The issue that would haunt me for the next three years was this: When the car was cold, but not freezing cold, it would start and then idle up and then down repeatedly until it was really warmed up. If the RPMs were not high enough on the idle down it would just kill the engine. So you either had to keep your foot on the accelerator until it warmed up or you had to drive off with it and hope you didn’t have to stop because if you did and the engine wasn’t hot enough, it would kill the engine. However, when it was in the winter time and the engine was super cold it would start and then go into high idle and stay there. Once the engine warmed up then it would start cycling again between high and low idle and then die. Only after warming it up further would it start to actually run at a regular idle.

This being the carbureted model, the diagnostic paths to figure this problem out were really daunting. It wasn’t until I purchased the Nissan Sentra Shop Manual on eBay that I was able to get more into the processes of finding an answer. The Haynes manual is of no use considering there are so many variations of this car. Even with the best documentation it still required me to actually understand how to follow it all.

Thinking it was temperature related I tried replacing the coolant sensor but that made no difference. After deciphering more of the Shop Manual I found the test to tell me what direction to go in. It was either a solenoid or a vacuum issue and when I tested the solenoids they all came back okay. Without someone to help me, I didn’t know how I was ever going to figure out the vacuum tests.

What is eventually came down to was performing one maintenance step that I had recently completed, setting the valves. My mechanic said that some of the gaps were really tight so that meant that some of the valves were open when they shouldn’t have been and now after the correct adjustments the car runs better than it has since I replaced that O2 sensor. You can still tell there is a little variation in the idle but the engine doesn’t die anymore.


The Enigma

In the areas that I drive I have never seen another 1987 Sentra or anything in that era. However, one day, I was in another part of town to help give someone a ride and while I was at a gas station a woman pulled in with a little rusty Sentra coupe.

At the time I didn’t have my Sentra with me so I couldn’t really make the impression that I wanted to so I had to wait for her to go in the building before I could get a picture of it. Later I was able to see in the photo that the car is a little newer than mine but despite the tattered appearance, it had a lot of parts that I could have used.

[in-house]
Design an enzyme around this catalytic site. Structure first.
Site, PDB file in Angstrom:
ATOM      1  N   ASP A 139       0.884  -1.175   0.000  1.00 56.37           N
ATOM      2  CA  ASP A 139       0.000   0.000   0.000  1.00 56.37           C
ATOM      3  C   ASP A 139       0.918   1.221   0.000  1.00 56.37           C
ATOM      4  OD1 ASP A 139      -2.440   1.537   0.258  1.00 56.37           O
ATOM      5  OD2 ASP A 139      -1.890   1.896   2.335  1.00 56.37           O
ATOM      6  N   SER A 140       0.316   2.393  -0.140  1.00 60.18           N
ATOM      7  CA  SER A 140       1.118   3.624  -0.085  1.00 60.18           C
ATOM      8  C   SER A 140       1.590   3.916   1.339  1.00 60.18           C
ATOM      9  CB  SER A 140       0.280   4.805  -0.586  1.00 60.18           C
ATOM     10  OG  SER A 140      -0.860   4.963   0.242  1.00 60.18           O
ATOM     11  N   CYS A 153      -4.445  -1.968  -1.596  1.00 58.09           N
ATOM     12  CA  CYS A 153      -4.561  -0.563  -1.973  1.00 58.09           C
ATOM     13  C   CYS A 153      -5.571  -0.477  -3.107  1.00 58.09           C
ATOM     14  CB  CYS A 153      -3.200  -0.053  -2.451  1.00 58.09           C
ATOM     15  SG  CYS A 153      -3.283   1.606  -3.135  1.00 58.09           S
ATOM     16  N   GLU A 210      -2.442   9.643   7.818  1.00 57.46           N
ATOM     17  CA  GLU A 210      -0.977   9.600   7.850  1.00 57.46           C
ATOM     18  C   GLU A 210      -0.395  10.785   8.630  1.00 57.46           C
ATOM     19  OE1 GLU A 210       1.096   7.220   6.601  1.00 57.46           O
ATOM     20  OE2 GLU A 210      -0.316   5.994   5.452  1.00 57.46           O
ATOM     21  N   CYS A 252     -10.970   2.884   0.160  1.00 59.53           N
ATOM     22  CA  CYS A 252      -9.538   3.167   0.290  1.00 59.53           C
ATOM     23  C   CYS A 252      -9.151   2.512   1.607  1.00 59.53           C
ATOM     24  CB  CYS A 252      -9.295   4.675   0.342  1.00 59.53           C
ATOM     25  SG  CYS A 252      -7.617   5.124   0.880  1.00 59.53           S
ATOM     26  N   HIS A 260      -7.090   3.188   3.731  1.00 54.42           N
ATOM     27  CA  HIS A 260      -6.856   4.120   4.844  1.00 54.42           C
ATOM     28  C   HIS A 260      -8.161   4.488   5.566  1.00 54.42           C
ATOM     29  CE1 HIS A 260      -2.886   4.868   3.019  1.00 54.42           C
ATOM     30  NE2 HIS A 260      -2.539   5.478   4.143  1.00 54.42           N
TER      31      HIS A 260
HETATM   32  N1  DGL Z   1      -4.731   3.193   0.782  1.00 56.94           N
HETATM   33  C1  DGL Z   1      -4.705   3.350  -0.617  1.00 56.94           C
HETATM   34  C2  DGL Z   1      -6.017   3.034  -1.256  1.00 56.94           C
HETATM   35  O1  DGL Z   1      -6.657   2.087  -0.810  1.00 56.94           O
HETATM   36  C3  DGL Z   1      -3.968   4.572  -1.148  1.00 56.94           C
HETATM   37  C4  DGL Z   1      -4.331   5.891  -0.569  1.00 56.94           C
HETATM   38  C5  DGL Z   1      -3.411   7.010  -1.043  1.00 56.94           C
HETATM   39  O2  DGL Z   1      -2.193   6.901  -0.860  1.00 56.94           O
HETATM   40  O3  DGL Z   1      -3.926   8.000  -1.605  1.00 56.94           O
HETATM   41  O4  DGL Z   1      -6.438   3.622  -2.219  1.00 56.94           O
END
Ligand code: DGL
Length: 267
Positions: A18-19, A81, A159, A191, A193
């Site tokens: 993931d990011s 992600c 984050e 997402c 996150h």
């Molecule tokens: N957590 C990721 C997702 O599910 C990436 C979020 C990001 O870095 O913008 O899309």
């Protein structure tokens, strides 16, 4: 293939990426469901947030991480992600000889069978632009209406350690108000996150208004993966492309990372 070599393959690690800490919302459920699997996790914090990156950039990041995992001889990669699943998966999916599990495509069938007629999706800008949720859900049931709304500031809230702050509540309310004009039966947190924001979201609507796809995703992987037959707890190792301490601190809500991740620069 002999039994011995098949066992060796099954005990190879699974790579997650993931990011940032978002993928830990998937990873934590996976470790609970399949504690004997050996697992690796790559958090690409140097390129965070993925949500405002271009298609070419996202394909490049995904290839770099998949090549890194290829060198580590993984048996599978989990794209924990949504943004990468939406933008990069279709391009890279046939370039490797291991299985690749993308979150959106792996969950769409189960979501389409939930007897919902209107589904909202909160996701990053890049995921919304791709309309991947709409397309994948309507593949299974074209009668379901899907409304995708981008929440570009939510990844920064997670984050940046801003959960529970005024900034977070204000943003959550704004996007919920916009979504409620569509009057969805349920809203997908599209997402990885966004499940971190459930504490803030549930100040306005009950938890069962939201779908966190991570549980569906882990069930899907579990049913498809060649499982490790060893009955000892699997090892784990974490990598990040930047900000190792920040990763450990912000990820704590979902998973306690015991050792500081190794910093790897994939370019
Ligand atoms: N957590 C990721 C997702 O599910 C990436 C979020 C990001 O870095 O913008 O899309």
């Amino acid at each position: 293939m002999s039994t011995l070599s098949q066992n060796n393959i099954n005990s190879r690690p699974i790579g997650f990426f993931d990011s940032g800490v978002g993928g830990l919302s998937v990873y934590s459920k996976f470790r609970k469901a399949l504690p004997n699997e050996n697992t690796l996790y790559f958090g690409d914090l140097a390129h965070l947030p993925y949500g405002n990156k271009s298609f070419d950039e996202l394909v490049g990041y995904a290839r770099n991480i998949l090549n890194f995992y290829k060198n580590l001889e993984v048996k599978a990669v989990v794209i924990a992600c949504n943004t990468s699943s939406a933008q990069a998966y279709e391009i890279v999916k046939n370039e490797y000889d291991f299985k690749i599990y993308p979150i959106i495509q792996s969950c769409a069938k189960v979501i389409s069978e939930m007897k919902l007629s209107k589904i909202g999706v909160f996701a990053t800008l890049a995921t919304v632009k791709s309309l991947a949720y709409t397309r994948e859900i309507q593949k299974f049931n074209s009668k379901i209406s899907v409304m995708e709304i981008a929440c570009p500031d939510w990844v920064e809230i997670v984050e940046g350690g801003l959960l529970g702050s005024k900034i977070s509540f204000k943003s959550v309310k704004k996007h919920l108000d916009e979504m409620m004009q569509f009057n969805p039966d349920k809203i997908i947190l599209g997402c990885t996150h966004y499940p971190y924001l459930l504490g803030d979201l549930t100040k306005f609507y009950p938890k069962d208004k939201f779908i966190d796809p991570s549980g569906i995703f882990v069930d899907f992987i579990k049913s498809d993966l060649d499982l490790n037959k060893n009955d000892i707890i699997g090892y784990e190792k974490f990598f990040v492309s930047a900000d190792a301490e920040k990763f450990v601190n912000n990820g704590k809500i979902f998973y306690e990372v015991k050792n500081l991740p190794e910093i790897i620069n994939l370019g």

Since then, I haven’t seen another one.

Rusty Things

Aside from being the fourth owner, I really do drive this every day to work and so it really isn’t all that glamorous under the hood. The car was in a garage most of the time when my grandparents had it but after they passed and the car wouldn’t run, it was put out in the weeds with other rusting vehicles on my parents farm. Over that time period it has become a little rusty and some items have escaped maintenance from that.

Plus, as I drive it, the rain, the mud, the snow, and anything else that splashes up under it has taken away the lovely black and produced this urban camouflage to hide the car from the newer and sportier models.

One day while I was changing the oil I happened to notice that the front motor mount wasn’t really doing anything. I grabbed it and the metal bar rattled on the bolts as the rubber shock material had all but disintegrated. Off to NAPA again for another part and with a week or so I had the new one.

Usually I try to do everything I can by myself when it comes to repairs. I’m no expert but I can figure things out well enough yet there are some things that even I have to give in on. The bolts that hold this mount in are nearly rusted solid and without air tools there is no way I’m going to be able to remove it from the car.

So in this case I will have to defer to my mechanic and see what he can do with it. Then I will have another shiny new part nestled among the array of rust.